Consumer demand shapes the development of broadband mobile services. The International Telecommunication Union estimates that mobile internet traffic will rise by 10 to 100 times between 2020 and 2030. The growing number of mobile devices and the increasing demand for network access will require innovative solutions. It is estimated that the number of devices connected to the internet will have reached 50 billion by 2020.

5G, or the fifth generation of mobile technology, will connect people, things, data, applications, transport systems, and cities into intelligent networks. The new standard will allow faster transmission and processing of vast amounts of data. It will provide reliable connection between a large number of devices. 5G technology solutions will be used in intelligent homes and buildings, intelligent cities, 3D video services, work and play in the cloud, remote medical services, virtual and augmented reality, as well as in vast-scale communication between machines, which is necessary for industry automation.

In recent years, the owners of 3G and 4G patents have had control over the way mobile technologies were used in the smartphone sector. Due to that, the 5G patent owners will most likely become leaders in that technology, providing 5G connectivity on various markets.

In telecommunications, there is a notion of Standard Essential Patents (SEPs). They are the patents which cannot be avoided in the process of implementing normalized technologies. They are breakthrough, pioneering innovations around which whole industries will be built. This also applies to SEPs in 5G.

A report (available at developed by IPlytics shows that it is the Chinese company Huawei that has the largest patent portfolio for solutions that will be applied in the 5G technology. The runners-up are Nokia, then China’s ZTE, and South-Korea’s LG and Samsung. Qualcomm and Intel are the largest US companies which have 5G patent applications in their portfolios, whereas Sharp and Fujitsu have them in Japan.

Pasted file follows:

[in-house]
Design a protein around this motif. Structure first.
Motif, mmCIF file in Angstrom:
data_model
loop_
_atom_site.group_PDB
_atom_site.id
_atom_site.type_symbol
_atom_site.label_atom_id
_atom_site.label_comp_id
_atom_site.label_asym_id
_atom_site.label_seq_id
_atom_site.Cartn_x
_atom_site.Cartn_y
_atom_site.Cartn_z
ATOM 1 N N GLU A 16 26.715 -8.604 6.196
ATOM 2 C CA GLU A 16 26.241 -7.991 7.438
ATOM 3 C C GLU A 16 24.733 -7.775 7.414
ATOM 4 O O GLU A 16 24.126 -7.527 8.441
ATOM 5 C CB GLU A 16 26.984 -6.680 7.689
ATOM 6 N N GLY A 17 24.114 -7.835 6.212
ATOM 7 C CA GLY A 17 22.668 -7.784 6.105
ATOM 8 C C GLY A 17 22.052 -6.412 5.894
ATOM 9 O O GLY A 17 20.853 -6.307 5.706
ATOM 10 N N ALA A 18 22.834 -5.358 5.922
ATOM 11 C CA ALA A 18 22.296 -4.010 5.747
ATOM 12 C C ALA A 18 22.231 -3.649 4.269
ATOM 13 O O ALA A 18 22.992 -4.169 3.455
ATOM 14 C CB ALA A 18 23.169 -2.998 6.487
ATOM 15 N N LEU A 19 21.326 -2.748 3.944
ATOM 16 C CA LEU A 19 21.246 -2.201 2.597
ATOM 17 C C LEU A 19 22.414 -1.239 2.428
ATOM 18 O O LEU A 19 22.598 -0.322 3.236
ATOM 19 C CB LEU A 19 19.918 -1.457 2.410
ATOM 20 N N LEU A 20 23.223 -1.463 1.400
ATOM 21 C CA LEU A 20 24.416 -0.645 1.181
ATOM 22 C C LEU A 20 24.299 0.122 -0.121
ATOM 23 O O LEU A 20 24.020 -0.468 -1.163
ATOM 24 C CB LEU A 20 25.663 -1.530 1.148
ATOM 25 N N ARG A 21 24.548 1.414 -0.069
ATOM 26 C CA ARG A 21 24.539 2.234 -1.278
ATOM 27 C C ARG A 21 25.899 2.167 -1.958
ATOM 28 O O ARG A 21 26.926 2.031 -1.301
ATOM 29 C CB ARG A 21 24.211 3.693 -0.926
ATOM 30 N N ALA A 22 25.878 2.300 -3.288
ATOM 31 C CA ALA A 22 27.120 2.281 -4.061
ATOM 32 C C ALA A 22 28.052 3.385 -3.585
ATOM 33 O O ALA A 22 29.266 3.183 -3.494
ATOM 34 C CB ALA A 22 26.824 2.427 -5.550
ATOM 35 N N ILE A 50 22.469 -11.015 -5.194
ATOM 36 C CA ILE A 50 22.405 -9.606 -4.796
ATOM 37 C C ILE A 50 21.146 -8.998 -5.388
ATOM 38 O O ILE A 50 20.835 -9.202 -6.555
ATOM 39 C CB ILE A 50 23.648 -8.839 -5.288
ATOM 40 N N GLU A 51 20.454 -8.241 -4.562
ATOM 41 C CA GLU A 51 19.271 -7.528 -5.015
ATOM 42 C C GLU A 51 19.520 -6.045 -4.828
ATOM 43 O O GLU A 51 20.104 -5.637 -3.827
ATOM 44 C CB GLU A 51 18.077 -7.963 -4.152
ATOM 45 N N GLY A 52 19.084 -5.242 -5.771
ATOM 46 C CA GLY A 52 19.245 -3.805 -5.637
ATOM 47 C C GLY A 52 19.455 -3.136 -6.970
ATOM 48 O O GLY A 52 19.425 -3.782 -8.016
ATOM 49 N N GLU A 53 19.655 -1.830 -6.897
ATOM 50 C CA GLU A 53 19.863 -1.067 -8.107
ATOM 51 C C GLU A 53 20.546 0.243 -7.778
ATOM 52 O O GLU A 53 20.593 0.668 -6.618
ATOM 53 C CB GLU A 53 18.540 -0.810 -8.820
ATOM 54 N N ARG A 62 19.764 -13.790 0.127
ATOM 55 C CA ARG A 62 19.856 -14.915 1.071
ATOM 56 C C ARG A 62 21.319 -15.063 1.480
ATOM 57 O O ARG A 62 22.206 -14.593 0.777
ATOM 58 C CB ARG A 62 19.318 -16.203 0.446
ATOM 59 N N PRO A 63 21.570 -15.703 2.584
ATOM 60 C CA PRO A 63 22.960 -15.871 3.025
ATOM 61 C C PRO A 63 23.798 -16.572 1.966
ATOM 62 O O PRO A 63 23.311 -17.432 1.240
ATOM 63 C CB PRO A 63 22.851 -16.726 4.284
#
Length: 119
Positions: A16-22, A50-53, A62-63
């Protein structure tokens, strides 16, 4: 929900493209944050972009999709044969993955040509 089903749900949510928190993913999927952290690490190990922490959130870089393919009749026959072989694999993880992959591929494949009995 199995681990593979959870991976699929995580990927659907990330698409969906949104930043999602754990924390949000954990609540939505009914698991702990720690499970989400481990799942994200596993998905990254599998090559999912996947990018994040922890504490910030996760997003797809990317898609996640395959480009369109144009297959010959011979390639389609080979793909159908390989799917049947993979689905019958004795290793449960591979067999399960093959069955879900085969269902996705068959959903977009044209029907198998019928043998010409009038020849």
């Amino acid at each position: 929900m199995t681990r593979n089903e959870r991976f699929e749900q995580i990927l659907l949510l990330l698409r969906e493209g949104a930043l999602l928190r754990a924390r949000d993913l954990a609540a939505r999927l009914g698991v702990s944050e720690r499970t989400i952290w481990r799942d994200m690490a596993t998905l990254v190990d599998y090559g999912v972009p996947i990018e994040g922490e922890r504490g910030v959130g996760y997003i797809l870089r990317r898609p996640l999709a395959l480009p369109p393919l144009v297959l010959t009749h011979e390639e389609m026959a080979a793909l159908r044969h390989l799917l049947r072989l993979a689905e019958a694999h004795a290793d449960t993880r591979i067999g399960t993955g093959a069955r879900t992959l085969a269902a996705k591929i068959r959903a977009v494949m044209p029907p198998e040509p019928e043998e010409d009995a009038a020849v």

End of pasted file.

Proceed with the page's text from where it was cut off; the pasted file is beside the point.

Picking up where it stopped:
However, the process of granting exclusive rights might take a few years. Because the 5G technology is an absolute novelty, patent applications may have been submitted very recently. It may be assumed that many such patents will be granted in the future.

Licensing 5G SEPs may become a serious problem not only for the mobile phone industry but also for each production industry in which connectivity plays a role. Those in charge of patent policies in companies should make preparations for the entry of 5G products on the market. Managers responsible for patents should already consider the cost of licence fees and secure suitable payments. They should also remember about the dynamic SEP market, on which patent applicants purchase whole patent portfolios to capitalize on licensing fees.